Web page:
Direct Sourcing – This is  a method of leveraging brand reach through social channels to directly reach out to gig and freelance workers.

Statement-of-Work – The contracting of projects, project elements, or micro-tasks against a set of measured deliverables; where contractors are obliged to achieve the required statement of work provisions before they are paid.

Virtual Recruitment – Thanks to digital platform innovations,some stimulated by the rapid increase in remote working that came as the result of the COVID-19 lockdown, it’s now possible for organizations to run their flexible workforce recruitments virtually.  Components of Virtual Recruitment technology platforms include the ability to activate, interview, skills-test, and background check candidates.  Many, if not all, of these features are now blended into market leading VMS systems.

Mobile-Enabled Recruiting – Recognizing that most young people spend increasing amount of time on their phones, mobile-enabled recruitment leverages the use of mobile phones for every aspect of the staffing lifecycle, from initial talent sourcing to off-boarding.

Modern Vendor Management Systems, like SimplifyVMS, go beyond the boundaries of what a VMS is expected to do, to become comprehensive flexible workforce management portals.  Such innovations in talent technology present financial services organizations with significant economies in their staffing approach while adding a necessary level of workforce agility demanded of the COVID-19 era.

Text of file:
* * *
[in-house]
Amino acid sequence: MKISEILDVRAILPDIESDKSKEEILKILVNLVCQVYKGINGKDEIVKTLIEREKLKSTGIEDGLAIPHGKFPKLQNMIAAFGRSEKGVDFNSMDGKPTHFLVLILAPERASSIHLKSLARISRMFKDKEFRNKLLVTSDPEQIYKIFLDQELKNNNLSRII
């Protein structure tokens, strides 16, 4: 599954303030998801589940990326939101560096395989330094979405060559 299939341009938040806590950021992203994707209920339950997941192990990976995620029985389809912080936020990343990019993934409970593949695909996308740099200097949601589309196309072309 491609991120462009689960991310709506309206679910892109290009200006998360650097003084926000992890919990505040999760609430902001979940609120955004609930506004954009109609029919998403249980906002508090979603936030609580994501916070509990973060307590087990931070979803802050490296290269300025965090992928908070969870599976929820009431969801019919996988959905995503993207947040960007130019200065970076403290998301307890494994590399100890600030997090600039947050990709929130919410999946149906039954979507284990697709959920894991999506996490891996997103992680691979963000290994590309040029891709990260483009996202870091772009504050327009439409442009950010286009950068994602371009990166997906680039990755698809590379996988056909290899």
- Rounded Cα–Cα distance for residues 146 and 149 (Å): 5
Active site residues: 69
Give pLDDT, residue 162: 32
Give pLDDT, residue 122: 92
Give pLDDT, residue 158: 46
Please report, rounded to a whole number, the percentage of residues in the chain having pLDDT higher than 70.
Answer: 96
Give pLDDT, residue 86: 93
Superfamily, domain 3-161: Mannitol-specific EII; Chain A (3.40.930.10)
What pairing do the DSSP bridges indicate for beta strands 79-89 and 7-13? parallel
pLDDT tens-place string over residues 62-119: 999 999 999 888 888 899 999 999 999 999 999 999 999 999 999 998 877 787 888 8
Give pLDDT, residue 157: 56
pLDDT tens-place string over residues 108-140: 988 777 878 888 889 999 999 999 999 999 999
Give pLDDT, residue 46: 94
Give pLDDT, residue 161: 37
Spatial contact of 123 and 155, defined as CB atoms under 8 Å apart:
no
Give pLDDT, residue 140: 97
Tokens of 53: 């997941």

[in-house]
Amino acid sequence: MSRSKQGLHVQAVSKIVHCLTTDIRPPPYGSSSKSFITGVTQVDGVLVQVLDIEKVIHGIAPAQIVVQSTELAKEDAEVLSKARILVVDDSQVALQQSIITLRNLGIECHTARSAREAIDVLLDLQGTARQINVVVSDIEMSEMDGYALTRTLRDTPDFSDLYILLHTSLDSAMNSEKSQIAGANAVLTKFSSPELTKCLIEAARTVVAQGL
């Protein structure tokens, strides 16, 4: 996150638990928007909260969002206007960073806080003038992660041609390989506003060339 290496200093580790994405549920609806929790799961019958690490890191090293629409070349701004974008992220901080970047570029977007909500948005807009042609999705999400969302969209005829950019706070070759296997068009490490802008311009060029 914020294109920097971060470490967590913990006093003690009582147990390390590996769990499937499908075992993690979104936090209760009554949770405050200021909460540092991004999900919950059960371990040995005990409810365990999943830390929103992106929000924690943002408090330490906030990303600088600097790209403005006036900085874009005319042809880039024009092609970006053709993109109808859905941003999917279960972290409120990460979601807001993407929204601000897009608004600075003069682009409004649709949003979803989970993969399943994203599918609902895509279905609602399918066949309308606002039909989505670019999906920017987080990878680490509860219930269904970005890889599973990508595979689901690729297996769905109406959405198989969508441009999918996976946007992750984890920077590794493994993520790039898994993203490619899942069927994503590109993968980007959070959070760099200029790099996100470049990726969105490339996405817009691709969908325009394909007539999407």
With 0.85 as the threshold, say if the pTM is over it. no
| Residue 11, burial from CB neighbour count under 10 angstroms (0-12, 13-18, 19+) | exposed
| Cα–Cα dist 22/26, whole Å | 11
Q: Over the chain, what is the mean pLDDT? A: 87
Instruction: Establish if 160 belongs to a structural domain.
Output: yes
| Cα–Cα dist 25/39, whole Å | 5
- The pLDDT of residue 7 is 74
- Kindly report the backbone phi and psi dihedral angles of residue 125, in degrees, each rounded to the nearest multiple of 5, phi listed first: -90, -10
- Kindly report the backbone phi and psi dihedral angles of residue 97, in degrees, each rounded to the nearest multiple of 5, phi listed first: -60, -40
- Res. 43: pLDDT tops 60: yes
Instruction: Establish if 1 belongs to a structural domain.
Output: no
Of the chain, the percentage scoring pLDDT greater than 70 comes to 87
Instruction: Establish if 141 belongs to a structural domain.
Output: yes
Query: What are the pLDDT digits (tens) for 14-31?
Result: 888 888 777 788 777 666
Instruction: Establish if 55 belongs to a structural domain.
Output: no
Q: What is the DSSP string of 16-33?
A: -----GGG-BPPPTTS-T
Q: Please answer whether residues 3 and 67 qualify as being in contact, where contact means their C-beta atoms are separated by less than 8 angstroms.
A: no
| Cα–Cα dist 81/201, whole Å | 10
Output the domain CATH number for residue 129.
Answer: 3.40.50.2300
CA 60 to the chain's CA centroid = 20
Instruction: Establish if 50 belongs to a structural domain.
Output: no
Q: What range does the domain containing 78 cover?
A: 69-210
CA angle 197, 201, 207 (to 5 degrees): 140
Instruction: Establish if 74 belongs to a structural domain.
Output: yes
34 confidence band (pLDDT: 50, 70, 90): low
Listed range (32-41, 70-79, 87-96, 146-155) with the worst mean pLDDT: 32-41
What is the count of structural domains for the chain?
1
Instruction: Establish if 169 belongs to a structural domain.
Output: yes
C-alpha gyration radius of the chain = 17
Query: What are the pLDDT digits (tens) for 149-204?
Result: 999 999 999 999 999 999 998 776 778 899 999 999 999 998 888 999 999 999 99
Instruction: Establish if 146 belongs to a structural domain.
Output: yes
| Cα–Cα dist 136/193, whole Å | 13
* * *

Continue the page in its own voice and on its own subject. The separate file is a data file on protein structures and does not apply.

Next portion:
In Summary

For the global economies to get back on their feet, it’s imperative financial institutes find their own operational ‘new normal.’   The Financial Services industry today is the backbone of any economy.  But the old ways of sourcing workforce will not meet the new pressing need for business agility. By using CWs, the financial institutes can try new financial models, processes and technologies while still being able to offer great customer service and regaining the customers trust and business.